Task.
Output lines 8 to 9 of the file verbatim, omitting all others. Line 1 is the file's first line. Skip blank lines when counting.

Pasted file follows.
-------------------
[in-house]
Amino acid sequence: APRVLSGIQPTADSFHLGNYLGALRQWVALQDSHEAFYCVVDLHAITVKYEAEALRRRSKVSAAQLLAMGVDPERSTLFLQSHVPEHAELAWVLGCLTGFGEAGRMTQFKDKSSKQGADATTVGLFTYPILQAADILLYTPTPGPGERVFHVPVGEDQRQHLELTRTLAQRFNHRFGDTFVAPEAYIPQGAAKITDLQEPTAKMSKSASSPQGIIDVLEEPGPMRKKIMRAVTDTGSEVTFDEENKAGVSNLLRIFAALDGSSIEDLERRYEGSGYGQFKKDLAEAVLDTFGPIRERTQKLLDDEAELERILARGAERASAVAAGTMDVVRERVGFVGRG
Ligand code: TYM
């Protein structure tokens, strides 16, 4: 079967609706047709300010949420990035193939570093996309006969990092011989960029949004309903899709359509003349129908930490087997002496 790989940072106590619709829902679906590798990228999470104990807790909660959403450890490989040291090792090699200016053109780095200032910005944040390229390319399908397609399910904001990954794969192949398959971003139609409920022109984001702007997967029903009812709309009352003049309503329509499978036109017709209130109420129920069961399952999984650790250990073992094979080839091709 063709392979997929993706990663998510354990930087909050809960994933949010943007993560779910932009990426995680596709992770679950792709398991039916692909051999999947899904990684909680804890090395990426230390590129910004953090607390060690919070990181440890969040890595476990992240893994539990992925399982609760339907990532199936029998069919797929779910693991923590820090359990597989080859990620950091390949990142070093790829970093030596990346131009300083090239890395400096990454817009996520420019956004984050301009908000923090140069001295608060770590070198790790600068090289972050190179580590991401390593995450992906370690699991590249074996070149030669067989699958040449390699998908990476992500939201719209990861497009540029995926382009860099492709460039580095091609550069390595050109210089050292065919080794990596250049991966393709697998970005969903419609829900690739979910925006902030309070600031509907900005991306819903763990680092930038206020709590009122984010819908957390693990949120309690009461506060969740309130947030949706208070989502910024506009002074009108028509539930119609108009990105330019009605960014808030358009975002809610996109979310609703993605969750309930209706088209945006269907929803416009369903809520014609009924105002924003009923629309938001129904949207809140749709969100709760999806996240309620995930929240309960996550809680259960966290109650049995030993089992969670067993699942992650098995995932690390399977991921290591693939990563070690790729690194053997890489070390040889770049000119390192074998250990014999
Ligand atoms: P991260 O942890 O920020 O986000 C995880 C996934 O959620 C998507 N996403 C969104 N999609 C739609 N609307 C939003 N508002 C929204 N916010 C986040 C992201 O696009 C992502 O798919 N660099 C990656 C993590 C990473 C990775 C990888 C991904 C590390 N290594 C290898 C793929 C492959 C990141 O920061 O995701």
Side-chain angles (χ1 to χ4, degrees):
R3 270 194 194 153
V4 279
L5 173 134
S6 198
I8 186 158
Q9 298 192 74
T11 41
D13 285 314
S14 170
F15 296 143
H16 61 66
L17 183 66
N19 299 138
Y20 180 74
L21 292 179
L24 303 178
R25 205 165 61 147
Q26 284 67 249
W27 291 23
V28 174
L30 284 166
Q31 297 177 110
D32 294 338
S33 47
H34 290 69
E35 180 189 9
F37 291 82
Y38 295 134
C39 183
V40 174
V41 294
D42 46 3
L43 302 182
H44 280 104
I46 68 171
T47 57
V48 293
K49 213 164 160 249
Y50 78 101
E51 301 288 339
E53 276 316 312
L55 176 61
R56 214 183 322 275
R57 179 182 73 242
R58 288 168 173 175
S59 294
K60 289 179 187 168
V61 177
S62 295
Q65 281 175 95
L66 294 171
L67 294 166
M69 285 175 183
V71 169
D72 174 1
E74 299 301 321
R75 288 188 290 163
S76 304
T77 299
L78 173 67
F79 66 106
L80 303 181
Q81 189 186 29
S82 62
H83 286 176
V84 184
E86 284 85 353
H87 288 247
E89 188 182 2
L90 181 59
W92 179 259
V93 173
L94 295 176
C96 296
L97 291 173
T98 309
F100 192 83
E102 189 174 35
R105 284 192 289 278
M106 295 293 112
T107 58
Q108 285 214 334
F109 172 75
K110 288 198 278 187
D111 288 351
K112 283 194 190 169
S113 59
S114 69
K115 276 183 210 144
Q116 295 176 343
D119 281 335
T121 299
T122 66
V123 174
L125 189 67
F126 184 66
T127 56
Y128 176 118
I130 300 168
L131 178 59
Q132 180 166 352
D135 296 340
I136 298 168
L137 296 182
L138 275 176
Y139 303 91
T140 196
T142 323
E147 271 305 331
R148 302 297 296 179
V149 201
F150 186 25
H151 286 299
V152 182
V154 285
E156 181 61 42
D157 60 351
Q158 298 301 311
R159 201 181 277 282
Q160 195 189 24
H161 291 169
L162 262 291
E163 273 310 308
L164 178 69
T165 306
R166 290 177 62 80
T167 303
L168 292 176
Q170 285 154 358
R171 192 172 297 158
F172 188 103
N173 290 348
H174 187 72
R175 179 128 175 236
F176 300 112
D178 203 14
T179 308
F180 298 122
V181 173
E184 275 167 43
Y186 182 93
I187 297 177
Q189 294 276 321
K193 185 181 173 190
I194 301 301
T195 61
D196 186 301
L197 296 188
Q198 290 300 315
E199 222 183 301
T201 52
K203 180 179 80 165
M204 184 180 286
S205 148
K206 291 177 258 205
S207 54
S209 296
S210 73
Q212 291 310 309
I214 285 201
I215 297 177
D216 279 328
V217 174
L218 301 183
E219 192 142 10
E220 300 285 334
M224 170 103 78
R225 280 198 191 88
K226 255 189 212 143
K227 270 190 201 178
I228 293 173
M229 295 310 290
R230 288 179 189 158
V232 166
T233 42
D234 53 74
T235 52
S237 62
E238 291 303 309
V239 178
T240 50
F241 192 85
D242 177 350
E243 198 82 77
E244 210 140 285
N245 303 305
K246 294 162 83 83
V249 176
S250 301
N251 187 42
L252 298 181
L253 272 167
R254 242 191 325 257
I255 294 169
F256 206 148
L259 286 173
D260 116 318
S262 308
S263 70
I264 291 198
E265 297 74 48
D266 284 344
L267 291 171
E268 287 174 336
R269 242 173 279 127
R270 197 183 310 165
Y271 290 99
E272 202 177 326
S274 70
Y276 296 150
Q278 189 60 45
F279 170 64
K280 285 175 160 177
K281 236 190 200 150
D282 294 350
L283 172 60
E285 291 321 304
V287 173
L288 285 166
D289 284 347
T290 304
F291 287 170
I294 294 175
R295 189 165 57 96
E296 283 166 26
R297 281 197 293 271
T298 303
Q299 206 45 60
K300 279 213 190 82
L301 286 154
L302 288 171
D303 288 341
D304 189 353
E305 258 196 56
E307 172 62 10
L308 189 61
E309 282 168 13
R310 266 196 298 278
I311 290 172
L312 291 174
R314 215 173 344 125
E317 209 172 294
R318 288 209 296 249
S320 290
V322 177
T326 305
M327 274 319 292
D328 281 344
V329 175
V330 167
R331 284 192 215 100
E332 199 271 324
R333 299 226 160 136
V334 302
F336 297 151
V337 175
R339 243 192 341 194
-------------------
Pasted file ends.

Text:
V4 279
L5 173 134